The Trick Of The Italian Budget Law

The trick of the Italian budget lawThe Italian and EU flags waving at the Quirinal Palace

According to the initial draft of the Italian government budget from October 2018, the budget deficit would stay at 2.4% in 2019. However, after a vivid dispute with the European Commission, a deficit of 2.04% was agreed. This compromise permits Italy to avert the EU excessive deficit procedure, apart from already being well above the past limits deemed compatible with the fiscal rules of the Stability and Growth Pact. A report by Flossbach von Storch Research Institute explores the different scenarios for the procedure.

The compromise was eventually reached because the Italian government has curbed the three main electoral promises – citizenship income, abolishment of the pension reform and (for 2020 and 2021) safeguards on the value added tax (VAT).

In particular, despite the government assurances, there is a major gap between the agreed and potentially required funds to cover all seven million Italians potentially entitled to the “citizenship income”. The budget law allocates 7.1 billion Euro to this scheme – two billion Euro less than the already tightly planned budget draft from October 2018. Moreover, of these seven billion Euro one billion Euro would be used to reinforce the job centers and 2.5 billion Euro to renew the preceding scheme of the so called inclusion income (REI, or reddito di inclusione). This implies that only 3.6 billion Euro could be effectively spent on specifically the citizenship income, which is far too little if all possible beneficiaries are to be reached. The same holds for the years 2020 and 2021. According to the budget plan, funds would increase slightly in absolute terms to 8.1 billion Euro in 2020 and 8.3 billion in 2021, but only because funds for the period 2020-2021 are supposed to cover the whole year instead of nine month like in 2019.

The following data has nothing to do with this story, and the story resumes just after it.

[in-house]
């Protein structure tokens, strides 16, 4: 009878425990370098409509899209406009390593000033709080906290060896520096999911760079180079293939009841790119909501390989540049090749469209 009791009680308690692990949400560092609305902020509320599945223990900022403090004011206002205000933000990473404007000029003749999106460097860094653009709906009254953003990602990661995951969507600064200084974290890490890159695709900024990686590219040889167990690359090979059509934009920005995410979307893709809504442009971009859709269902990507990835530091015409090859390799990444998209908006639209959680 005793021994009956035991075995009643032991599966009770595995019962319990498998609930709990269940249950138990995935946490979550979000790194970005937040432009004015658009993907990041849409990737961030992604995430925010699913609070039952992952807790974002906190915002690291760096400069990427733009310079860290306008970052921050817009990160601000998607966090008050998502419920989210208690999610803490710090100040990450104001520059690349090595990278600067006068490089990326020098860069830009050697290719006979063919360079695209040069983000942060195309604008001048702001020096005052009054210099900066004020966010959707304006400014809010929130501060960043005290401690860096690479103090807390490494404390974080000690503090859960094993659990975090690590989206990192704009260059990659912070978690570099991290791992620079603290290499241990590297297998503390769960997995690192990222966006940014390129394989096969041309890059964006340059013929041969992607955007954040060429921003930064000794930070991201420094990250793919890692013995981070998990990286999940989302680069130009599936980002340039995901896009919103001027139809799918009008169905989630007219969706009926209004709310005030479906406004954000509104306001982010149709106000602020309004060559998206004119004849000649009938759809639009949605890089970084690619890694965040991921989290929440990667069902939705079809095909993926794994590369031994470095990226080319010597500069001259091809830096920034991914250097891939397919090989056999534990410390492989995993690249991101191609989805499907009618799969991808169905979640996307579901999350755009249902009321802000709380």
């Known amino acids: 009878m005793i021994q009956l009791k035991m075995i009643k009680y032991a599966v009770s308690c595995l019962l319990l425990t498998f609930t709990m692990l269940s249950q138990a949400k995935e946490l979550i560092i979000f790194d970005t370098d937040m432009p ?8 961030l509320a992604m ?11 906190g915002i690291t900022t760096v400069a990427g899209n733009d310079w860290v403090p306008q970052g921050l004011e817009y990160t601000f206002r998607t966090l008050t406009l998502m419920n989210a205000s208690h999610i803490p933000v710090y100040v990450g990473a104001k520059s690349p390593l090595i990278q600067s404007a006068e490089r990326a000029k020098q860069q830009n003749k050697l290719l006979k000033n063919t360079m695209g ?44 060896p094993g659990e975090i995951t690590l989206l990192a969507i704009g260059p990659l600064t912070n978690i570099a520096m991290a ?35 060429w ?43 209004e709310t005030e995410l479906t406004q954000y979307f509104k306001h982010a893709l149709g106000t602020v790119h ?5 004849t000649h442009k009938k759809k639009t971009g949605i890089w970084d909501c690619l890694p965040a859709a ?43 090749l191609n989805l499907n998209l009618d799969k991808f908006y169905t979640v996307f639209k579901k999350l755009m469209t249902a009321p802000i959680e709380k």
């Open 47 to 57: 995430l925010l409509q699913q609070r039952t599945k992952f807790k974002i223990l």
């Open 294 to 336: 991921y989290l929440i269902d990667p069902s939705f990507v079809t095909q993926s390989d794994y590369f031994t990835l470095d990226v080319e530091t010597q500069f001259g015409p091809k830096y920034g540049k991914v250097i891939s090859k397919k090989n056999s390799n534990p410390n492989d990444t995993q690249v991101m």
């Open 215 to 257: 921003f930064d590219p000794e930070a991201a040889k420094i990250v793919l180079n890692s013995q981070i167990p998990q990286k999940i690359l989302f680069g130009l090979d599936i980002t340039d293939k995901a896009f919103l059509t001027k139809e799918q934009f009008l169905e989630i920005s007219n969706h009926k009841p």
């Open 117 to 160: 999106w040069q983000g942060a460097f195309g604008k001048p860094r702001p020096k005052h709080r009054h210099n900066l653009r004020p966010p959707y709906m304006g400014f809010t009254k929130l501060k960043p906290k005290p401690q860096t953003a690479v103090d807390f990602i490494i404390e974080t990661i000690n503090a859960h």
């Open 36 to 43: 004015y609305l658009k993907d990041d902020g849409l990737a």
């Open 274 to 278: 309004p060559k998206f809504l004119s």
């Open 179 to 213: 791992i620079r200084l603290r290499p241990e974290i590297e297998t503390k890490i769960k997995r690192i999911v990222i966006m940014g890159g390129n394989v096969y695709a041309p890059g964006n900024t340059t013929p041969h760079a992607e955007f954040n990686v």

The funds for the revocation of the so called “Fornero” pension reform are also being cut (or “saved”, as that the measure can most probably start only in the second half of the year) by almost three billion Euro to 3.97 billion Euro in 2019. These funds are supposed to rise to 8.3 billion Euro by 2020 and 8.7 billion Euro by 2021, but would still remain far below the estimated 13 billion Euro needed to dial back the pension reform.

According to the budgetary recommendations of the Ecofin from July 2018 (as adopted also by the EU Council) Italy would need 0.8% deficit ratio to comply with the path of public debt reduction compatible with the European fiscal rules.

Flossbach von Storch Research Institute estimates the total needs of a citizenship income for ca. 17 billion Euro, in addition to two billion Euro to strengthen the job centers.

Finally, regarding the safeguard measures on VAT, they will not be introduced in 2019 (implying 12.5 billion Euro less revenue), but could be reintroduced in 2020 and 2021 – against the previous government’s promises.

Scenario analysis

These estimates should be, however, treated for what they are–namely a pie in the sky – for two main reasons. First, the implementing decrees for the planned measures must still be announced in the coming months. And since these measures are the symbol of the joint venture between the ruling parties Lega and Cinque Stelle, it is plausible to expect that the government will push to deliver them sooner than later. Second, Italy entered a recession at the end of 2018, which renders the entire government’s budget planning far more complicated and less predictable.